It’s impossible to compare GCSE results, so don’t try

The new system makes comparisons with previous years impossible – heads and governors need to communicate this, argue Geoff Barton and Emma Knights

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In case anyone wasn’t aware, this summer’s examination results season is going to be “volatile”, especially for GCSEs.

How do we know? The chief regulator of Ofqual, Sally Collier, has said so. In a recent speech at an examination symposium, she warned that “individual schools could experience more variation than normal”.

We think it’s important that everyone knows this – everyone, except students. For them, results day this year should be what results days every year really ought to be – a celebration of what, after 11 or so years of schooling, they have individually achieved. This day should be a symbolic marker of the transition from one phase of education to the next stage of life. For most students and their teachers, any results day should be one of joy.

That’s why our respective organisations welcome Ms Collier’s candour and caution. It’s important that governors, parents and the local media understand that this year’s GCSE examination results can’t be compared neatly with those of previous years.

A fresh start was one of the main tenets behind Michael Gove’s decision to call for a new suite of qualifications with a 1-9 marking system. The idea was to ratchet up standards and to use a grading system that made like-for-like comparisons with previous years impossible.

Whether we agree or not with that decision, and especially the resulting speed with which teachers and school leaders have had to work to implement new syllabuses, new schemes of work and new marking samples, this year’s GCSE results day will mark the beginning of this new era.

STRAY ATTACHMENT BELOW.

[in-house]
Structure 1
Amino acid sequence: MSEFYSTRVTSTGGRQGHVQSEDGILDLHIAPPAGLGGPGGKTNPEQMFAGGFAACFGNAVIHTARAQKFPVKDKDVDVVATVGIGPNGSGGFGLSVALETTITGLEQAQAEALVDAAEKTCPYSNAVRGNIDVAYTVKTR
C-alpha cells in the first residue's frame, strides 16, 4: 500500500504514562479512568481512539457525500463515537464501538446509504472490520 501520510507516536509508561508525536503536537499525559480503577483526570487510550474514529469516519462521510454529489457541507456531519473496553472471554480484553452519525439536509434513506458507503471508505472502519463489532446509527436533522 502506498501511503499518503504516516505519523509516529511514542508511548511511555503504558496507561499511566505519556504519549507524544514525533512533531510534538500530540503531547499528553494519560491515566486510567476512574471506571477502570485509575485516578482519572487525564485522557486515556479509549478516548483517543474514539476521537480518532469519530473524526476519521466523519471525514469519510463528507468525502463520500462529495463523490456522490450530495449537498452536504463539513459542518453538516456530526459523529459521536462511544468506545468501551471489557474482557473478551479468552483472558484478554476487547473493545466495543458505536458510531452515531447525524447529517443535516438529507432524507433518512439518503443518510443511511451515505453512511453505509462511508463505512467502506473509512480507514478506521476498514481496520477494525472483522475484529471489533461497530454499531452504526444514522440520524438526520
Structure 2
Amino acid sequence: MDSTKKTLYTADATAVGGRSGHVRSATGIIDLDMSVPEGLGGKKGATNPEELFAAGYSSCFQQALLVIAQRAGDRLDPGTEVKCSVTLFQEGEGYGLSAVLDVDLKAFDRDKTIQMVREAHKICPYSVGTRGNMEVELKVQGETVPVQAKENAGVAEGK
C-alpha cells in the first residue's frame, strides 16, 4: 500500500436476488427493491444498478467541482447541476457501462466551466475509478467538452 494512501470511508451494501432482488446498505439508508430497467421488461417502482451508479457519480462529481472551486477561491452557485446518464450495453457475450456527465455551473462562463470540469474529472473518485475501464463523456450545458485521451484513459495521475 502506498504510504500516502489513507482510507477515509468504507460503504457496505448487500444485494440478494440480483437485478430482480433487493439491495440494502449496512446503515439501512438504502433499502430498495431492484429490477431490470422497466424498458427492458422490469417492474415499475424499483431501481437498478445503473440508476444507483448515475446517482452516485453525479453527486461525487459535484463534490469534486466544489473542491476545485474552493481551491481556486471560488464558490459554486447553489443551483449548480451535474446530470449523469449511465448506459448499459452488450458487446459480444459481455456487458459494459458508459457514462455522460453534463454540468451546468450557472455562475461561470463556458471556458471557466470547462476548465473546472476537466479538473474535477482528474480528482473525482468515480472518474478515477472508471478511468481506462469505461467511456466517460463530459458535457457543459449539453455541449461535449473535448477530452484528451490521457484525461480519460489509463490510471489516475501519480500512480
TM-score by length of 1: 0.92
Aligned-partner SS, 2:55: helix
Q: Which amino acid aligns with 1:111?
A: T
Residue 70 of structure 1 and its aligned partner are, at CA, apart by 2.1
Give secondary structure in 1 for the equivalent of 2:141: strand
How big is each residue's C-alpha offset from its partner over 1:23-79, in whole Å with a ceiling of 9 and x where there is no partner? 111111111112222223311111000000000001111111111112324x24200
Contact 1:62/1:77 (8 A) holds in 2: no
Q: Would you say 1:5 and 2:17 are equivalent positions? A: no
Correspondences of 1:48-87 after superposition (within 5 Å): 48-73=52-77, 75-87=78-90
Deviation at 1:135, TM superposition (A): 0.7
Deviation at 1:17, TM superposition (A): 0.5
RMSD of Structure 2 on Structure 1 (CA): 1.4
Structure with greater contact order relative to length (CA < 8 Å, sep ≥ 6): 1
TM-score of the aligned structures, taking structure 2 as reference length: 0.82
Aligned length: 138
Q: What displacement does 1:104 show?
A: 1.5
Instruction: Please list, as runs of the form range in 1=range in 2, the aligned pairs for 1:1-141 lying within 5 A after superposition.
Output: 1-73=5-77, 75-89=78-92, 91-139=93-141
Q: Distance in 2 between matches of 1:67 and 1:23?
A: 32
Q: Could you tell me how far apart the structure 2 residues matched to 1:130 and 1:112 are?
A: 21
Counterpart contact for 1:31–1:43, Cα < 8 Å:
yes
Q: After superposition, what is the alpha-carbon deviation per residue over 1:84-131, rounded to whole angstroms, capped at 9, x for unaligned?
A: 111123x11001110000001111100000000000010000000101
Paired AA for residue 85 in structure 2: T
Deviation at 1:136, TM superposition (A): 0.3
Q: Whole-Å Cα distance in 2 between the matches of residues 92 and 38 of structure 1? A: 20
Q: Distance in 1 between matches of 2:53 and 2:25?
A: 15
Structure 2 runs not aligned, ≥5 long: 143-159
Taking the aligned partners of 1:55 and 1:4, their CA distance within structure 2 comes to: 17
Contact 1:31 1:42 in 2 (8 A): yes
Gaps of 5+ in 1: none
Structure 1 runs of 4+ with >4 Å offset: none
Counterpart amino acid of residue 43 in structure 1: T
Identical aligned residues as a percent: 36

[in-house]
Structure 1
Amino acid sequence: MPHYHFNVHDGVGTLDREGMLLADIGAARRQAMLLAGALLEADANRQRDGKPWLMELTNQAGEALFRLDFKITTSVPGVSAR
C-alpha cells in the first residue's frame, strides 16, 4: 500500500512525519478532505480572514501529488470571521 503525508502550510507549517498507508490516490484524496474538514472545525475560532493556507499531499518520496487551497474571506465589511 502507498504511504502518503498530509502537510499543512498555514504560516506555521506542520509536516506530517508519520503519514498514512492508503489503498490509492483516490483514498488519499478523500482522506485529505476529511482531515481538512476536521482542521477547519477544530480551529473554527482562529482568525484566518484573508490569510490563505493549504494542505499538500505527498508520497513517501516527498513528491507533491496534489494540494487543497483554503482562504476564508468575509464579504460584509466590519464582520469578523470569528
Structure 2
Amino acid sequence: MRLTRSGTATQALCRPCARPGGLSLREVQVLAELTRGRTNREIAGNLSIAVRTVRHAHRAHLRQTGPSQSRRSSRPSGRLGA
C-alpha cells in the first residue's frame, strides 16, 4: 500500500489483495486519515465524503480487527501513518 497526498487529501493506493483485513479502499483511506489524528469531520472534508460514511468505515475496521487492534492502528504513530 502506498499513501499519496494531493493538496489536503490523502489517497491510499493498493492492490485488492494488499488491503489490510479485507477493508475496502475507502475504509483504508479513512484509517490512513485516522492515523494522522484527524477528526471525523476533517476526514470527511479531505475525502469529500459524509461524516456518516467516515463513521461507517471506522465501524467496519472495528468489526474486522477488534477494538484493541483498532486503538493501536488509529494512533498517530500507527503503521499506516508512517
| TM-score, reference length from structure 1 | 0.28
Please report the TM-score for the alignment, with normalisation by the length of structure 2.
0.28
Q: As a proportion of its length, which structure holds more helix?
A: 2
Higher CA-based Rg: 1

And, as Ms Collier says, although the national stabilisers of “comparable outcomes” will hold the number of new grade 4s at a similar level to old grade Cs, there is likely to be considerable volatility within a range of subjects in a range of schools. Indeed, some schools are likely to see significant surprises in their results. That’s why we want all governors and trustees to be aware of the changes. We echo the chief regulator’s “no knee-jerk reactions” mantra.

School leaders often feel vulnerable even in stable times under the weight of accountability, media scrutiny, and looming Ofsted inspections. They know how much rests on any year’s results.

We know that many headteachers already fear that something like “football manager syndrome” exists – a lurking worry that they might lose their jobs on the basis of one set of results.

Both our organisations work to make sure this does not happen. Governing boards are, after all, subject to employment law like every other employer in the land. And that’s why we particularly welcome this year’s clear pronouncements from Ofqual and Ofsted not to treat this as an ordinary exam year.

A new era of qualifications

This summer’s grades may or may not look like last summer’s. Whether they do or not, we must keep saying loudly and boringly that this is the beginning of a new system. The idea was quite explicitly to kick-start a new era with new qualifications and new grading.

Let’s make sure there is not a narrative of chaos or confusion on results day this year. Let’s make sure local media are reporting the baseline pass rate at grade 4 and, beyond that, they simply focus on individual case studies of students at all levels, from all backgrounds. Together, we want to nudge parents and pupils to do the same.

So if the GCSE results look great overall, let’s celebrate without smugness or hubris. And if they are disappointing, let’s not jump to conclusions that it’s a failure of management, or a result of poor teaching, or a sign that the school is on the slide.

We won’t know what’s happened statistically until a reasonable and dispassionate post-mortem on results has been held once the new term is under way. It can wait until students have gone home with their exam slips.

So as results season approaches, it’s most definitely time to hold our nerve, and also to focus on the only thing that matters – the individual successes of our students.

They, after all, are the ones for whom these results matter. They are the people we should concentrate on. Here’s to their success.

Geoff Barton is general secretary of the Association of School and College Leaders
Emma Knights is chief executive of the National Governance Association

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